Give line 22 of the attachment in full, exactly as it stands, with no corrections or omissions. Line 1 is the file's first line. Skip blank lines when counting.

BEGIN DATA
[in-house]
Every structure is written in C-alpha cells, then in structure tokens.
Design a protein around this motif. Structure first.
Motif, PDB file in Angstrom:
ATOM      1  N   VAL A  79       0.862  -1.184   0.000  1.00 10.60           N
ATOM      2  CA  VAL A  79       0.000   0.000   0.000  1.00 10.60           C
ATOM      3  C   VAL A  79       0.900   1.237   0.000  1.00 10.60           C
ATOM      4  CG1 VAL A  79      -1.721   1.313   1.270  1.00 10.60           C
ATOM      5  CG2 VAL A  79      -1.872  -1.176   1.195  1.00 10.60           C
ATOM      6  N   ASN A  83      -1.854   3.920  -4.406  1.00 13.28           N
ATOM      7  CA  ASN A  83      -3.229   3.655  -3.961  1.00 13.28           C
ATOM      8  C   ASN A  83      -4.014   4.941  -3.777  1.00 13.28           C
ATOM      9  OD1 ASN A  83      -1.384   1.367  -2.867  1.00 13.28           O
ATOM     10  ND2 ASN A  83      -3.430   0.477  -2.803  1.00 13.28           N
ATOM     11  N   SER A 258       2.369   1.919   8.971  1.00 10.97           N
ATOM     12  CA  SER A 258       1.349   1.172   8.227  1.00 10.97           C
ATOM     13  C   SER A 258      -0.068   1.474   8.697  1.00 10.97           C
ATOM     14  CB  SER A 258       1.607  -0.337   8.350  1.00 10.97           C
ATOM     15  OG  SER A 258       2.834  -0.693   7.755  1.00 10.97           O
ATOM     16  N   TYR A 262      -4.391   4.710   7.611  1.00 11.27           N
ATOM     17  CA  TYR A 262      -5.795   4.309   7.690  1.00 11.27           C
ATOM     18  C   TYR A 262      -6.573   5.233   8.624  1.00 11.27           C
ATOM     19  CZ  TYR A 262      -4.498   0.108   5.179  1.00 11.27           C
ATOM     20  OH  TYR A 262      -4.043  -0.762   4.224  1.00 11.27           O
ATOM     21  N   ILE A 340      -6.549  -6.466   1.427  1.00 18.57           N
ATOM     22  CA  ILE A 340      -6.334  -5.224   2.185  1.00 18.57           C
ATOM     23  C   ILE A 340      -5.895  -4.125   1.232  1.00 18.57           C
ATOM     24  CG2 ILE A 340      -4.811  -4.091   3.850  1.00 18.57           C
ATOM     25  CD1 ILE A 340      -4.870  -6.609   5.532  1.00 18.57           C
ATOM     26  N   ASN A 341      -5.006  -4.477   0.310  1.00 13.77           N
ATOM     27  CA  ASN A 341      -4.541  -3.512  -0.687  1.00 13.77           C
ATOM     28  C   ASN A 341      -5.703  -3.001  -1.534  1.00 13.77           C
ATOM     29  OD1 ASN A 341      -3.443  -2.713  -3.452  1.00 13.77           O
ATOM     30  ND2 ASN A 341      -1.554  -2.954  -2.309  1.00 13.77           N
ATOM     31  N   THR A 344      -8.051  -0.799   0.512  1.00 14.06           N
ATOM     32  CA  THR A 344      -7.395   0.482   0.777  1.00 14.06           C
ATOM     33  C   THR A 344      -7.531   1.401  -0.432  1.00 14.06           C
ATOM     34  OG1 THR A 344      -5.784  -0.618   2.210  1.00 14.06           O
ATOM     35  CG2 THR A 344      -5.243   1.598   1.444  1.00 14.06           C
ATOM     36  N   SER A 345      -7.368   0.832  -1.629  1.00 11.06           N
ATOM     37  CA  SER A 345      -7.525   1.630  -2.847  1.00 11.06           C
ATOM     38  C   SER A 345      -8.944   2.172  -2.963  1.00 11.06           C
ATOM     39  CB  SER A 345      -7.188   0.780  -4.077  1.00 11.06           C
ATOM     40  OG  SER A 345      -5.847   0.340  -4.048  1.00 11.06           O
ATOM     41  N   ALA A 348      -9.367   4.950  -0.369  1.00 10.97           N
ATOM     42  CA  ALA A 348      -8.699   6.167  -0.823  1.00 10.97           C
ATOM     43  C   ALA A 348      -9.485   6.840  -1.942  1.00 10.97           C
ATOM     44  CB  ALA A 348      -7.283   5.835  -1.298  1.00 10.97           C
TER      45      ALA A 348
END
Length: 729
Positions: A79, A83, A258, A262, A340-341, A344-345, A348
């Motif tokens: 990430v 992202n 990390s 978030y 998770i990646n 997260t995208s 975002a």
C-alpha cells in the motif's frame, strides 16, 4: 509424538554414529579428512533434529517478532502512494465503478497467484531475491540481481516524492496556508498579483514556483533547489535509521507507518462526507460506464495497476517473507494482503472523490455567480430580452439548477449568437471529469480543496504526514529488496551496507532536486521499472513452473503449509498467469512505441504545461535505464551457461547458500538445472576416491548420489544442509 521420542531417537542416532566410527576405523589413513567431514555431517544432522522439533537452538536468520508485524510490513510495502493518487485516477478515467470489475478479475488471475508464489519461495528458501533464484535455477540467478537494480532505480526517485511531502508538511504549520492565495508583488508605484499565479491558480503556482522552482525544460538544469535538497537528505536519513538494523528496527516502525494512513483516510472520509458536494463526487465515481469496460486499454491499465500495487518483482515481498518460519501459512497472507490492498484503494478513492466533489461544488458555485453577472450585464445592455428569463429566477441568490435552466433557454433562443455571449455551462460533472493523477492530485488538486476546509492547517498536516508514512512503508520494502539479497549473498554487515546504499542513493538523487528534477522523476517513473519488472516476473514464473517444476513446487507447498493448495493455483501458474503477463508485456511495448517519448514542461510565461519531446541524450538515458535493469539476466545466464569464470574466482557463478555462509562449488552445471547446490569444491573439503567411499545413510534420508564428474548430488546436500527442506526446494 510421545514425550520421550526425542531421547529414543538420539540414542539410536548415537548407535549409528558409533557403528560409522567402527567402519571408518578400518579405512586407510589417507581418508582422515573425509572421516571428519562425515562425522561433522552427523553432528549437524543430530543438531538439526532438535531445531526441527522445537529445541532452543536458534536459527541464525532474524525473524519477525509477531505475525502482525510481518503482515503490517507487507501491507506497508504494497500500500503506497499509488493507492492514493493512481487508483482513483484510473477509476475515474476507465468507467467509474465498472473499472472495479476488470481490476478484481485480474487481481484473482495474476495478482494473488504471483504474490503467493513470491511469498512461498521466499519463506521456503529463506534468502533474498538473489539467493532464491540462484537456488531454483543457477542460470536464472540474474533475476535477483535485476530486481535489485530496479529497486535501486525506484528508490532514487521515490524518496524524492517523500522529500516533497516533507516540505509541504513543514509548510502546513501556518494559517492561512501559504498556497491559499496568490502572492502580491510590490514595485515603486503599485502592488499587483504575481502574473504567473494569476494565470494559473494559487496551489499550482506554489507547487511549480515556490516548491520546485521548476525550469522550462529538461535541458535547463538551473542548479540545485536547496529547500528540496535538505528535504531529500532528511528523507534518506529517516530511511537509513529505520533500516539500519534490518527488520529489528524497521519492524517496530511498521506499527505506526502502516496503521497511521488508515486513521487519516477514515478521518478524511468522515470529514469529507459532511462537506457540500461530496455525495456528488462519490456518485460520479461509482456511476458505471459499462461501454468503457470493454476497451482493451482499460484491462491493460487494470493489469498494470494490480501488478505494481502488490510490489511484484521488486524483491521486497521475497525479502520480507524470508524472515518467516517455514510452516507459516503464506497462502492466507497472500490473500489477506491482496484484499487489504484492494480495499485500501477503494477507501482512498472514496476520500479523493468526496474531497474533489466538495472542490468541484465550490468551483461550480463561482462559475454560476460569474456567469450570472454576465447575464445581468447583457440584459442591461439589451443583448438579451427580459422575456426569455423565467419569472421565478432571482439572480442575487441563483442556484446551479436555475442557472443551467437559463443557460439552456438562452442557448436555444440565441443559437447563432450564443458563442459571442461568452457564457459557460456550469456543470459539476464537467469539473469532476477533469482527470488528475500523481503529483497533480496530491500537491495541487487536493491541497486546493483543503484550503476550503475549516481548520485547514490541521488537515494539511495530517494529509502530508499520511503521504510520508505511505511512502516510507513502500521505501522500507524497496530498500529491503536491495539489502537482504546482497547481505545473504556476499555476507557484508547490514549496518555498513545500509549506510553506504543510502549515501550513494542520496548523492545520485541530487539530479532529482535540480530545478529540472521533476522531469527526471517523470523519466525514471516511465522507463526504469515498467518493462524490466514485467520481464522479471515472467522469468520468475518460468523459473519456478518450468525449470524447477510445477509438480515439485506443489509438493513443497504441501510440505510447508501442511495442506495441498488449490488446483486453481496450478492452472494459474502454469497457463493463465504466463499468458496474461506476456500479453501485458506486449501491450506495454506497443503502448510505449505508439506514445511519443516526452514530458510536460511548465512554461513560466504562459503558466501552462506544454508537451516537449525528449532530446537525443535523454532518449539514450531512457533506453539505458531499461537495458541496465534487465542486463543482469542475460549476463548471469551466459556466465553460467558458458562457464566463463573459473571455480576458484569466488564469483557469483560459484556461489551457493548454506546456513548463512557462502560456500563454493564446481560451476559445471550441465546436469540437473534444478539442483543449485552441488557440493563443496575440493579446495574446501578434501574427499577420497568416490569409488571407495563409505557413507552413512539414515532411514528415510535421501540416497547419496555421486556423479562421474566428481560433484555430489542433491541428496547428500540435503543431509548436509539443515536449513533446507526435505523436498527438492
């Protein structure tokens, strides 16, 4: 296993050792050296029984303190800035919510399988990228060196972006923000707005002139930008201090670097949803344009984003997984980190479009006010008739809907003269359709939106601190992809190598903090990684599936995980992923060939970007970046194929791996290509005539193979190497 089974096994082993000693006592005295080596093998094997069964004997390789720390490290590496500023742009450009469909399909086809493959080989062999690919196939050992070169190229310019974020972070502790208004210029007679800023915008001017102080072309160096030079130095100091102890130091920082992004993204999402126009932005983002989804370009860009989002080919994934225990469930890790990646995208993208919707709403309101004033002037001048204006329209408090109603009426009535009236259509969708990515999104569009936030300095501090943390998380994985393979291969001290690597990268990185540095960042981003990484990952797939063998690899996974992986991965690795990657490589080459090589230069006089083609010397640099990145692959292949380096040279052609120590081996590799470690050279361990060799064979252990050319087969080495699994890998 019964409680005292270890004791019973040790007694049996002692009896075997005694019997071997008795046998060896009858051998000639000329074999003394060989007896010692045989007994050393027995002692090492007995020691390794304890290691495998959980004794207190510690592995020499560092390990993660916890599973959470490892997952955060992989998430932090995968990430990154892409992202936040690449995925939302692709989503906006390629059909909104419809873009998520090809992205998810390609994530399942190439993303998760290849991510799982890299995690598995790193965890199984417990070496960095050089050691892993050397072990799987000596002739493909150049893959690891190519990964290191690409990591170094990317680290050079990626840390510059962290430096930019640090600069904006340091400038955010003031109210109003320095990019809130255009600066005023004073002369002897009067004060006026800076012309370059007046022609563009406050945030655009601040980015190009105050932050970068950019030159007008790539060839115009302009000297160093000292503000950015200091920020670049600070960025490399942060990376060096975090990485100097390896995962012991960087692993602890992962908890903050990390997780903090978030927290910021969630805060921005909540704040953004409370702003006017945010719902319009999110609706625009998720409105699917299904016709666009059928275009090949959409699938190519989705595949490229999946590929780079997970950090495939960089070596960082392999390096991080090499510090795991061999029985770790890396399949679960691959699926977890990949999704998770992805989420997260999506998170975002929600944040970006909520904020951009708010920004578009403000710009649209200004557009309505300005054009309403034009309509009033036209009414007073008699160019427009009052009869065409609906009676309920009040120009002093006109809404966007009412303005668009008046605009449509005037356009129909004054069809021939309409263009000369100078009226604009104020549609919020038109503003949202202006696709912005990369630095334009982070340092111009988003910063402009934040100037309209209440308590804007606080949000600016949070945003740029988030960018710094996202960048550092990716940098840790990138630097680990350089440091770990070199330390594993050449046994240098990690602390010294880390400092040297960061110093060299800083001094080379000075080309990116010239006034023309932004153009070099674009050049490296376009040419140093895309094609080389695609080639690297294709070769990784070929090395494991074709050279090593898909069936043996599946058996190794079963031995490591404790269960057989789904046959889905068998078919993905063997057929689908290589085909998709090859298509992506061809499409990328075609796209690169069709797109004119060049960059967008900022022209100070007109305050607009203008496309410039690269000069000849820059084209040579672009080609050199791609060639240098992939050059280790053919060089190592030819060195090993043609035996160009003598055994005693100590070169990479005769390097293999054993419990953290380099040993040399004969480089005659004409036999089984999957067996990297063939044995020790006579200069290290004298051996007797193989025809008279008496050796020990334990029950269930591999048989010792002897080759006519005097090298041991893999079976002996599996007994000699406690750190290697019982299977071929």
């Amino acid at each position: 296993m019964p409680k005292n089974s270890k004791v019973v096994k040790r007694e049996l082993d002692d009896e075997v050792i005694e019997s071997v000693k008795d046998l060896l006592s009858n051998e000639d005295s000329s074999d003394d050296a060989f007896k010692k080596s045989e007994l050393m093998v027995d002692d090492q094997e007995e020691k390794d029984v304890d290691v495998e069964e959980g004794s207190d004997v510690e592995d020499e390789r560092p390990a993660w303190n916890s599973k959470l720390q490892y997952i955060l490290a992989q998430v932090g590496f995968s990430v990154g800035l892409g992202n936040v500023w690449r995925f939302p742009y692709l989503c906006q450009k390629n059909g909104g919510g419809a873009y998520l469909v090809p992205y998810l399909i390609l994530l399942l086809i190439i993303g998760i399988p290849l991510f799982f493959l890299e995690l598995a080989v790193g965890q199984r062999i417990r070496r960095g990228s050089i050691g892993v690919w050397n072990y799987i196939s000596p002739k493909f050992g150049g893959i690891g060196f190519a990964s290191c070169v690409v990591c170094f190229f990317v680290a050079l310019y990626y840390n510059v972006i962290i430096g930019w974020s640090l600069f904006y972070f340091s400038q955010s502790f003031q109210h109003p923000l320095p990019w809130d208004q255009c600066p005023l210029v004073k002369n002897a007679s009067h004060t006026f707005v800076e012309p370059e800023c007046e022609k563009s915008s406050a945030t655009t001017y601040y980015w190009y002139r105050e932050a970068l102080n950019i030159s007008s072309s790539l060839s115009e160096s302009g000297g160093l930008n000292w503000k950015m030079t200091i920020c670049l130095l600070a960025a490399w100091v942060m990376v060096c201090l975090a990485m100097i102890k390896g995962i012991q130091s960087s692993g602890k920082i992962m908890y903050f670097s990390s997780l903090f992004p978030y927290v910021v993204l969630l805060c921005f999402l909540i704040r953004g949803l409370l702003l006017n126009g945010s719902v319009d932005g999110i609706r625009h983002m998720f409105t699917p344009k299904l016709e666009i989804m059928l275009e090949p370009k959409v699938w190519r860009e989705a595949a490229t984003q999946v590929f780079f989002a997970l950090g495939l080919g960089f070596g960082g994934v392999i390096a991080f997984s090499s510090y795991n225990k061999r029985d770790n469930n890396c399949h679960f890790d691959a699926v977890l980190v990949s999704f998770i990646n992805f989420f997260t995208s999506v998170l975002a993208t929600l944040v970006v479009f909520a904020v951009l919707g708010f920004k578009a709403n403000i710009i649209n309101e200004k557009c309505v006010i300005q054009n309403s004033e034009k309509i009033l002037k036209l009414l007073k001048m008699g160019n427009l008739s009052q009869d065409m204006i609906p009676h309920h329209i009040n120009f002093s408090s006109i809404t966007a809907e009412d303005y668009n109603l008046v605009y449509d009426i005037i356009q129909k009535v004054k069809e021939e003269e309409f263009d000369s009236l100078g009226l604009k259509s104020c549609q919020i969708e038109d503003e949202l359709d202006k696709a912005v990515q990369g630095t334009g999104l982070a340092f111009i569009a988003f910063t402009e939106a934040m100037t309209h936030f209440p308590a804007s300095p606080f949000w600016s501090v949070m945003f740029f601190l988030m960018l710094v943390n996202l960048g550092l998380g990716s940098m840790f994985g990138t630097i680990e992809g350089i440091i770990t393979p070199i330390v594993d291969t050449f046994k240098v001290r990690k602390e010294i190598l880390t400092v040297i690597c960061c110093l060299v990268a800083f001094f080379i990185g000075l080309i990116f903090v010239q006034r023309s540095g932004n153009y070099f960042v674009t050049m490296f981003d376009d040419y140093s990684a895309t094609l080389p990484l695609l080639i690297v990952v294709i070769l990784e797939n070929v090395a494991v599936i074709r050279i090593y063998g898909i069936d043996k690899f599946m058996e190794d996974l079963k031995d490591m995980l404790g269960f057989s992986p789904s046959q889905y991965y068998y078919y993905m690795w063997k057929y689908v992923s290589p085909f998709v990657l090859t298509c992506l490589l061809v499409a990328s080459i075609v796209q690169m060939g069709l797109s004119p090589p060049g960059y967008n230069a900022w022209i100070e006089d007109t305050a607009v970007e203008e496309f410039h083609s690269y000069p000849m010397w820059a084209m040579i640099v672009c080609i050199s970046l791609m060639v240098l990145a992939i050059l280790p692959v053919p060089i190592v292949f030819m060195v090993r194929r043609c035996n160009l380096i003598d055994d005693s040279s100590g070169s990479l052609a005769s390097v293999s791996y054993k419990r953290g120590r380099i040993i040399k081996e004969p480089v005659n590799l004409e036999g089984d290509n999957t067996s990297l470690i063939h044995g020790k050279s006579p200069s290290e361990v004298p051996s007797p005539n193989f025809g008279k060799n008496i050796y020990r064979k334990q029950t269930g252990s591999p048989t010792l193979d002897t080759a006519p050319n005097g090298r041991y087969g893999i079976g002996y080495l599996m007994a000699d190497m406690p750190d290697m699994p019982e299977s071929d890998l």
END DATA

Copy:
ATOM     18  C   TYR A 262      -6.573   5.233   8.624  1.00 11.27           C